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Spanish Nights and Gourmet Delights

We are sitting outside at a restaurant table in Caceres, central Spain. It is 9.30pm. The balmy evening sky is a clear cobalt blue and I pause in my perusal of the incomprehensible menu to zoom my camera lens up to the summit of a church steeple where two storks have mounted guard over their mountainous nest. It is a pleasing shot-mostly silhouette. At any rate-I am pleased.

Meandering up from Portugal through central Spain has become an unexpected pleasure and explains why this kind of travel is such a joy. You happen across places you’ve barely, or never heard of and yet they may be tourist magnets [underlining your ignorance] or simply unpretentious, lovely and little known.

Caceres is evidently well known, judging by the thronging masses clogging up the centre on this Tuesday evening, although it is Holy Week-only the most important week of the world in the entire Christian world, which explains the crowds waiting outside the cathedral, lining the roads and blocking our access to any likely-looking restaurants. From the grand cathedral doors some elaborately got-up figures have emerged. They are dressed in white habits with purple capes and some sport alarming pointy headgear a la Klu-Klux-Klan. One is trudging along with a black timber cross slung over his shoulder, for all the world as if he is off to complete some roofing work.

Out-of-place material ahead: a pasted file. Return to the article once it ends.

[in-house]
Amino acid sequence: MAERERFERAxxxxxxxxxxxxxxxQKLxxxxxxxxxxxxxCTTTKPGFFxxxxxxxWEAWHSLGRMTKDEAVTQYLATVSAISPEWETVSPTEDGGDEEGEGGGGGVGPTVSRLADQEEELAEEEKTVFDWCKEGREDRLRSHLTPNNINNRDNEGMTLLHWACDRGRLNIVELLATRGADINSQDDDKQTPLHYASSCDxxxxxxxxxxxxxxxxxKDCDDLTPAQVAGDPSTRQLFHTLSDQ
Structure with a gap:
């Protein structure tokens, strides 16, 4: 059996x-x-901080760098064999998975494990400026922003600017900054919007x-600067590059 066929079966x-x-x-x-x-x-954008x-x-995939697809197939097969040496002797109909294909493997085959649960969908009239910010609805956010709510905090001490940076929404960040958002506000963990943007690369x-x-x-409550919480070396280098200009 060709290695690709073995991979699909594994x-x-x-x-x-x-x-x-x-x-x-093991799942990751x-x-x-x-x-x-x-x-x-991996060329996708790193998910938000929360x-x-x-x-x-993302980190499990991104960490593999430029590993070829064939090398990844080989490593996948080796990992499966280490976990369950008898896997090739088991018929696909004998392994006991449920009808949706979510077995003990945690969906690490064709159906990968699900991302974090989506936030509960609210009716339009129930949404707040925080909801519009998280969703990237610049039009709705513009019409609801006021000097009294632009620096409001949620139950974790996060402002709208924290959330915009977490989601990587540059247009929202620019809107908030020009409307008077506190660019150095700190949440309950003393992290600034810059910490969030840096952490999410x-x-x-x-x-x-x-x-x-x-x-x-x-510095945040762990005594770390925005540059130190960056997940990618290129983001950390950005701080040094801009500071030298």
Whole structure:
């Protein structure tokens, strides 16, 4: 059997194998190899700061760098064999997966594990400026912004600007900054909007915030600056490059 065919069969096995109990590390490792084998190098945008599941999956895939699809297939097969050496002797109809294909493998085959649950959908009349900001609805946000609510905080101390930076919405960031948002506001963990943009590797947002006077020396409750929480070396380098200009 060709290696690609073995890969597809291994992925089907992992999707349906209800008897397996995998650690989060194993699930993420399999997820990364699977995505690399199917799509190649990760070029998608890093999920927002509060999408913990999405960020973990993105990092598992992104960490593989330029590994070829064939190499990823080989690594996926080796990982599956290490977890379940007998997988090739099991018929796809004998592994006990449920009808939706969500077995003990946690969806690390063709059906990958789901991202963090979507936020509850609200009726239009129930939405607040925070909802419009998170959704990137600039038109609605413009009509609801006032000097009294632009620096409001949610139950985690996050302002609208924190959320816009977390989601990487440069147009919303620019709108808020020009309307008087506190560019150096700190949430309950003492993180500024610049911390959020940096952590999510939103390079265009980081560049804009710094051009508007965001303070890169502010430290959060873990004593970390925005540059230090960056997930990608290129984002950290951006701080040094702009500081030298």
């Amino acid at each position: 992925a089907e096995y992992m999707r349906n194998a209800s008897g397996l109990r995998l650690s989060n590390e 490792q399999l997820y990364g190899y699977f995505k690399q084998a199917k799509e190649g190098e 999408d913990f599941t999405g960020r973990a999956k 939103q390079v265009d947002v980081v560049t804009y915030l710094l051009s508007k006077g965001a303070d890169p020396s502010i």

We perform some lengthy manoeuvres in order to access the square offering up most of the restaurants which takes up enough time for Husband to become vociferously grumpy, such are his hunger pangs. He has expressed a desire for steak and nothing else will do.

Having accomplished the mission and found a table by virtue of being only two rather than a family of eight we enter a period of confusion involving several waiters until someone is found who can explain the list of delights. The attention of a Spanish diner at the neighbouring table is captured. My schoolgirl Spanish fails beyond ‘carne’. Earlier I’d thought myself accomplished when asking ‘Hay aseos aqui?’ in the tourist office but my understanding of the rapid stream that issued as reply let me down. Fortunately the toilets were next door.

We finish our starters-enormous plates of salad-and some small plates are brought, plus steak knives-we are evidently to get a shared dish. A large area of table is cleared. A waiter emerges bearing aloft a platter the size of a tray which spits and sizzles like a cornered alley cat then lowers into the cleared space something that may be the pieces of half a cow. Full of salad we stare speechless at the mountain of sputtering ribs before dissolving into semi-hysterical laughter, which is vastly entertaining for the neighbouring Spaniard.

We do our best, struggling through as much as we can before admitting defeat. Would we like desert? Er…